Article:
“Mystery lovers will be satisfied by the plot and adults will love the curriculum and social awareness tie-ins.” —School Library Journal
Eleven-year-old Luis is left looking for answers after a city-wide blackout leads him to an electrifying mystery in this edge-of-your-seat thriller from Martha Freeman.
Luis Cardenal is toasting a Pop-Tart when a power outage strikes Hampton, New Jersey. Elevators and gas pumps fail right away; soon cell phones die and grocery shelves empty. Cold and in the dark, people begin to get desperate.
Luis likes to know how things work, and the blackout gets him wondering: Where does the city’s electricity come from? What would cause it to shut down?
No one seems to have answers, and rumors are flying. Then a slip of the tongue gives Luis and his ex best friend Maura a clue. Brushed off by the busy police, the two sixth graders determine they are on their own. To get to the bottom of the mystery, they know they need to brave the abandoned houses of Luis’s poor neighborhood and find the homeless teen legend known as Computer Genius. What they don’t know is that someone suspects they know too much, someone who wants to keep Hampton in the dark.
In this electrifying mystery, two can-do sleuths embark on a high-tech urban adventure to answer an age-old question: Who turned out the lights?
Martha Freeman wrote her first story when she was four years old. The illustration shows a house, because a house was the one thing she knew how to draw, and two nose-less girls. Over one girl is a speech bubble that says: “A home.” Over the other is another speech bubble: “Our home.” After that, Martha Freeman grew up, traveled around the world, worked as a reporter and a teacher, and wrote twenty-seven books for young readers, including The Year My Parents Ruined My Life, Fourth-Grade Weirdo, The Secret Cookie Club books, Who Stole Halloween?, and Effie Starr Zook Has One More Question. Home remains a theme in many of Martha’s books, but none is as pithy as that early effort. “Home” for Martha is Philadelphia, Pennsylvania.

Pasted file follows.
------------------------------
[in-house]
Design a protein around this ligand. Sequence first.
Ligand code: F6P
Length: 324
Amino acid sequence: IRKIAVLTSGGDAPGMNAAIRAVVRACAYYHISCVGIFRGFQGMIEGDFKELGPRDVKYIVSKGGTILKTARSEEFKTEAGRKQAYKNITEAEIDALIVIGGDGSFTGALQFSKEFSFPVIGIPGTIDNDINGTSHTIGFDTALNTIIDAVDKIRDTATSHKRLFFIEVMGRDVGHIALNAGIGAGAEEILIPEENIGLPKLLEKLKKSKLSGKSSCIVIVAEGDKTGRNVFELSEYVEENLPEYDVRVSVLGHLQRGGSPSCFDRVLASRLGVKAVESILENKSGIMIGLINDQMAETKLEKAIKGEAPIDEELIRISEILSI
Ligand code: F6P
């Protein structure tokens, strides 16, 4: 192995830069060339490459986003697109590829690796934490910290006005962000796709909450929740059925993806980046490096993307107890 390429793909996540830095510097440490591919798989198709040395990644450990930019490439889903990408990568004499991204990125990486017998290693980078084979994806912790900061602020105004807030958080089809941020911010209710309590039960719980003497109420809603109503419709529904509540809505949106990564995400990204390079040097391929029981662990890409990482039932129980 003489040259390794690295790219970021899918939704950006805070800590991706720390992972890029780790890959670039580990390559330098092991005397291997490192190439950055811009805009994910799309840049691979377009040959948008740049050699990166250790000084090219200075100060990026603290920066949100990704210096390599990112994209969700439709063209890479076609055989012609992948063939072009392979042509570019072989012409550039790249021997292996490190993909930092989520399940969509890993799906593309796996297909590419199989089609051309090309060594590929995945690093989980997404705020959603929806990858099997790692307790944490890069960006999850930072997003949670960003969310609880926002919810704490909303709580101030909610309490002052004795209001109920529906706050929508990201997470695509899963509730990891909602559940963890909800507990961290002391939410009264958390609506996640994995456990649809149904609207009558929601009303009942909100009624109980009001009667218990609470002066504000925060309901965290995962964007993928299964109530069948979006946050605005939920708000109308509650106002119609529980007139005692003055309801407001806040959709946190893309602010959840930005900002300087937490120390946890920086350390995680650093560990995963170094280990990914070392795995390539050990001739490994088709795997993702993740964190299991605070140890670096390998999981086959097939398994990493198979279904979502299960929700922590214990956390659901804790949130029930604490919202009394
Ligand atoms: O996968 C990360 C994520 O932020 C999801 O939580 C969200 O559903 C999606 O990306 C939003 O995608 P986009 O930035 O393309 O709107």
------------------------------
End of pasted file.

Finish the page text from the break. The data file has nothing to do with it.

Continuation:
The story has all of the heroic elements. . . . The rich STEM themes make this novel noteworthy. The author has done a solid job weaving in science topics as well as current political and social themes, to create a significant story about infrastructure, science, and class relations. Mystery lovers will be satisfied by the plot and adults will love the curriculum and social awareness tie-ins.
– School Library Journal
Luis C. Gaitan grew up in East Camden knowing of few — if any — books about kids like him. Or neighborhoods like his. So when his friend Martha Freeman, the children’s fiction writer, sought to create a character based on the vivid stories he’d told her about his childhood, Gaitan agreed to help.
The result is a mystery, adventure, and lively slice of urban life called Zap! . . . [It] describes how 11-year-old Luis Cardenal and his best friend, Maura, pretty much save Hampton, N.J., after a mysterious marathon power failure nearly brings the city to its knees. The brisk and often funny novel is political without being polemical, educational without being didactic. It is aimed at middle school-age readers, but I enjoyed it, too.
I was particularly impressed by the fact that the collaboration between a skillful writer and an insightful source yielded an entertaining work of children’s fiction far more credible than some of those “Camden-is-hell” pieces by journalists.
Rolling Stone exposes may come and go. But Luis Gaitan — like his fictional alter-ego — has a different Camden story to tell.
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